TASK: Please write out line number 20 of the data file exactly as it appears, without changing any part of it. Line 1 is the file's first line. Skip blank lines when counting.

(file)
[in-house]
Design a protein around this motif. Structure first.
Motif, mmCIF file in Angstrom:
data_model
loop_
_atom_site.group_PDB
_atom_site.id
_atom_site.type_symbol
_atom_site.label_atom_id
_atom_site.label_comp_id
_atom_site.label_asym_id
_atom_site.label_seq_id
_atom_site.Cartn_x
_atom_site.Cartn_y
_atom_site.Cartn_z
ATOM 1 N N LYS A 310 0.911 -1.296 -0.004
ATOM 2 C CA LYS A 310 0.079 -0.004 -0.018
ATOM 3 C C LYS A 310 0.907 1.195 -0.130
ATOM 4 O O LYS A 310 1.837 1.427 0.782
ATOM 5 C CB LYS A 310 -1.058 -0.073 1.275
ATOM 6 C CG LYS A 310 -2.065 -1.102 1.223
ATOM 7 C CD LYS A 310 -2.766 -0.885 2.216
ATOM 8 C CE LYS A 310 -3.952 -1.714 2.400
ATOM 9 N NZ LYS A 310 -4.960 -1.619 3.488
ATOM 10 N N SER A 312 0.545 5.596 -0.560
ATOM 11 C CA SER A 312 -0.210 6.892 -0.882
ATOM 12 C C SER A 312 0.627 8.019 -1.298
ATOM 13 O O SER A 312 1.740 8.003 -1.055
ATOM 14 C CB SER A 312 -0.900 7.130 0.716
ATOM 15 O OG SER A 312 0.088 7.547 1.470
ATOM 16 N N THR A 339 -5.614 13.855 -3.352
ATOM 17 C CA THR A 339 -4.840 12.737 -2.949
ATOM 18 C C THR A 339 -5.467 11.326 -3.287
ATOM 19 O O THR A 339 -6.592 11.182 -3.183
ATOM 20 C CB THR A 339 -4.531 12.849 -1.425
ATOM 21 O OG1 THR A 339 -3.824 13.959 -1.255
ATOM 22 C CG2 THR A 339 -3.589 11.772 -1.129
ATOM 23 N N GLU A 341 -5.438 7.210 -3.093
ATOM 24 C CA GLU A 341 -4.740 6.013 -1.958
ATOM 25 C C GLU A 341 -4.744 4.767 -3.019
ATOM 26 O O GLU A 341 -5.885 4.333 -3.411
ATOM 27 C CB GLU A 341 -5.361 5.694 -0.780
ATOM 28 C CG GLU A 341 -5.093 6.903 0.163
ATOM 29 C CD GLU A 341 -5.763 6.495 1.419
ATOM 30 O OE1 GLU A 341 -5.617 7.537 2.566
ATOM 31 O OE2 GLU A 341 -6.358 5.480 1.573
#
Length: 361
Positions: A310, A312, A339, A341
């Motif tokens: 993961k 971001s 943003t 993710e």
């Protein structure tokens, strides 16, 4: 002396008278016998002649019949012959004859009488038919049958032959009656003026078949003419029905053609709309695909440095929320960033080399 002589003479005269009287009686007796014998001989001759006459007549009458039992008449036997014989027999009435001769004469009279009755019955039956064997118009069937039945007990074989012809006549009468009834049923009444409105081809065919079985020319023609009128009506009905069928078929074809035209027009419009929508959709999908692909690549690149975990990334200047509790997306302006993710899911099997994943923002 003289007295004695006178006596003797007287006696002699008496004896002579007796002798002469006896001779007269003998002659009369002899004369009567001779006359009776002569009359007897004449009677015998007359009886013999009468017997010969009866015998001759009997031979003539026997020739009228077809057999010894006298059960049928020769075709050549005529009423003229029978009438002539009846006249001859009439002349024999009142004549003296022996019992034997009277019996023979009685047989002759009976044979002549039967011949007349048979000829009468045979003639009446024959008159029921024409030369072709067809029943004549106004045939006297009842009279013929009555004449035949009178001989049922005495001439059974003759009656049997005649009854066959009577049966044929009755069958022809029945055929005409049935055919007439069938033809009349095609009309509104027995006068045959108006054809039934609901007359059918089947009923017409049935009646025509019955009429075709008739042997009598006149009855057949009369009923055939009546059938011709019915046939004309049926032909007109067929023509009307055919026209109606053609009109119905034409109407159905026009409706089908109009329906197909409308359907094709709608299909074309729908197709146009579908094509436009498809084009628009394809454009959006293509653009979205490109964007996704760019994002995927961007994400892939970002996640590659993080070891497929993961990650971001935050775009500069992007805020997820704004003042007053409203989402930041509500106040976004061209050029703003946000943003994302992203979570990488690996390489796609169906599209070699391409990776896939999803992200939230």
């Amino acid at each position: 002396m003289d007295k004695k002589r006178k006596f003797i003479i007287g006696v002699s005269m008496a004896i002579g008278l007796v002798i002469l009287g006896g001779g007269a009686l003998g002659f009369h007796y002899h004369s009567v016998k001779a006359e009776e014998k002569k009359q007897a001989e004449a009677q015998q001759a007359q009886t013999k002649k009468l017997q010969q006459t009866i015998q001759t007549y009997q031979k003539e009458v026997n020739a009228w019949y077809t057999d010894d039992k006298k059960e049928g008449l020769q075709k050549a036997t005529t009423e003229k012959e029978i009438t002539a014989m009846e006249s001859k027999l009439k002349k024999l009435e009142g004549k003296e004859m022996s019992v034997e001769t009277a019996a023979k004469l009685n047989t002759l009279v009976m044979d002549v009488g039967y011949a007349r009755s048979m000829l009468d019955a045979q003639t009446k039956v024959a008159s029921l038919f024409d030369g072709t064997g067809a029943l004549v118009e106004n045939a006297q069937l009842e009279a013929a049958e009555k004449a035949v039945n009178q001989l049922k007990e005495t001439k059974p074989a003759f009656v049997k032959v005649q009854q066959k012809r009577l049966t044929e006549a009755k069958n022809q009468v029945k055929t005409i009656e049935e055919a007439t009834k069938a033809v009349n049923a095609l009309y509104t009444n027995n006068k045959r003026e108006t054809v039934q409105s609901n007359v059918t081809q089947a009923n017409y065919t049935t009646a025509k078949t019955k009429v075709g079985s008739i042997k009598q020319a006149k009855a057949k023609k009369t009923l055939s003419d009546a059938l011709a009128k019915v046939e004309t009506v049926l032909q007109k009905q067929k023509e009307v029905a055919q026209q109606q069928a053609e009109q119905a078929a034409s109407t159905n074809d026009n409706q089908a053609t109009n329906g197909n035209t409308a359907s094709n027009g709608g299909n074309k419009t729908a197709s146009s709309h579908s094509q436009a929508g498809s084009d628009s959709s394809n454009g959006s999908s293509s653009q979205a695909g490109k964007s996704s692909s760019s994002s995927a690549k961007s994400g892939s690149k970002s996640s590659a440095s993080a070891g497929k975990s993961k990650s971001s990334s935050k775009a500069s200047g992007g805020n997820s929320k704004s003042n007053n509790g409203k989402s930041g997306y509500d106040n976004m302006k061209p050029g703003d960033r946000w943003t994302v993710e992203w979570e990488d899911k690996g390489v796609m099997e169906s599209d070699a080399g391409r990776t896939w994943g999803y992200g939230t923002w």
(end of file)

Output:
ATOM 5 C CB LYS A 310 -1.058 -0.073 1.275